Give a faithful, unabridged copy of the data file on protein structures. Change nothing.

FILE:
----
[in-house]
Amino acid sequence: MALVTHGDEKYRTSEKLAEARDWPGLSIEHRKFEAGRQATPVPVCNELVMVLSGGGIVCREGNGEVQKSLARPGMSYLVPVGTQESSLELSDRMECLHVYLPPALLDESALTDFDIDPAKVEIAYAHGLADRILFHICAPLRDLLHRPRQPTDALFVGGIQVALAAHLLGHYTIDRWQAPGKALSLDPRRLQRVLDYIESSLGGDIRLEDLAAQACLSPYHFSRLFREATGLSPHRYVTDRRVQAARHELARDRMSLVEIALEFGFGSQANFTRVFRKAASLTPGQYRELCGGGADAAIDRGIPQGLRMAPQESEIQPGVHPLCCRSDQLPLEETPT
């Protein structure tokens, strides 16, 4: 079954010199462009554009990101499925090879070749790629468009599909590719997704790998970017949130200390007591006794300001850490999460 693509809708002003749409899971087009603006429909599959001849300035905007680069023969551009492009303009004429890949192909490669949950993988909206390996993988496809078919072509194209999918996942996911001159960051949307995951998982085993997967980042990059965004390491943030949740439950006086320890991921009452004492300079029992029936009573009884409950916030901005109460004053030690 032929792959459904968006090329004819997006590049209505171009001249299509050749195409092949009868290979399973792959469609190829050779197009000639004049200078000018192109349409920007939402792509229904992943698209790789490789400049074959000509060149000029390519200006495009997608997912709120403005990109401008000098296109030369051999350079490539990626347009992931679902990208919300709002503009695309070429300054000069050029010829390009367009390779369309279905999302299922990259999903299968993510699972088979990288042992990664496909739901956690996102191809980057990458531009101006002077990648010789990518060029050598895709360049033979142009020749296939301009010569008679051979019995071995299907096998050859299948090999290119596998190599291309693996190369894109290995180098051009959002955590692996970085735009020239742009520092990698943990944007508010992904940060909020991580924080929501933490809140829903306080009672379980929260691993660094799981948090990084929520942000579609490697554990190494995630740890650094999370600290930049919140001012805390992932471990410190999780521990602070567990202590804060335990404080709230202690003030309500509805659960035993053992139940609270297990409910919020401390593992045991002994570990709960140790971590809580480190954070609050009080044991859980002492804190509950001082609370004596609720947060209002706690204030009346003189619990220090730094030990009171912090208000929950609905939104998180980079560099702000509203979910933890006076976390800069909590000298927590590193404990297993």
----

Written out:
[in-house]
Amino acid sequence: MALVTHGDEKYRTSEKLAEARDWPGLSIEHRKFEAGRQATPVPVCNELVMVLSGGGIVCREGNGEVQKSLARPGMSYLVPVGTQESSLELSDRMECLHVYLPPALLDESALTDFDIDPAKVEIAYAHGLADRILFHICAPLRDLLHRPRQPTDALFVGGIQVALAAHLLGHYTIDRWQAPGKALSLDPRRLQRVLDYIESSLGGDIRLEDLAAQACLSPYHFSRLFREATGLSPHRYVTDRRVQAARHELARDRMSLVEIALEFGFGSQANFTRVFRKAASLTPGQYRELCGGGADAAIDRGIPQGLRMAPQESEIQPGVHPLCCRSDQLPLEETPT
């Protein structure tokens, strides 16, 4: 079954010199462009554009990101499925090879070749790629468009599909590719997704790998970017949130200390007591006794300001850490999460 693509809708002003749409899971087009603006429909599959001849300035905007680069023969551009492009303009004429890949192909490669949950993988909206390996993988496809078919072509194209999918996942996911001159960051949307995951998982085993997967980042990059965004390491943030949740439950006086320890991921009452004492300079029992029936009573009884409950916030901005109460004053030690 032929792959459904968006090329004819997006590049209505171009001249299509050749195409092949009868290979399973792959469609190829050779197009000639004049200078000018192109349409920007939402792509229904992943698209790789490789400049074959000509060149000029390519200006495009997608997912709120403005990109401008000098296109030369051999350079490539990626347009992931679902990208919300709002503009695309070429300054000069050029010829390009367009390779369309279905999302299922990259999903299968993510699972088979990288042992990664496909739901956690996102191809980057990458531009101006002077990648010789990518060029050598895709360049033979142009020749296939301009010569008679051979019995071995299907096998050859299948090999290119596998190599291309693996190369894109290995180098051009959002955590692996970085735009020239742009520092990698943990944007508010992904940060909020991580924080929501933490809140829903306080009672379980929260691993660094799981948090990084929520942000579609490697554990190494995630740890650094999370600290930049919140001012805390992932471990410190999780521990602070567990202590804060335990404080709230202690003030309500509805659960035993053992139940609270297990409910919020401390593992045991002994570990709960140790971590809580480190954070609050009080044991859980002492804190509950001082609370004596609720947060209002706690204030009346003189619990220090730094030990009171912090208000929950609905939104998180980079560099702000509203979910933890006076976390800069909590000298927590590193404990297993």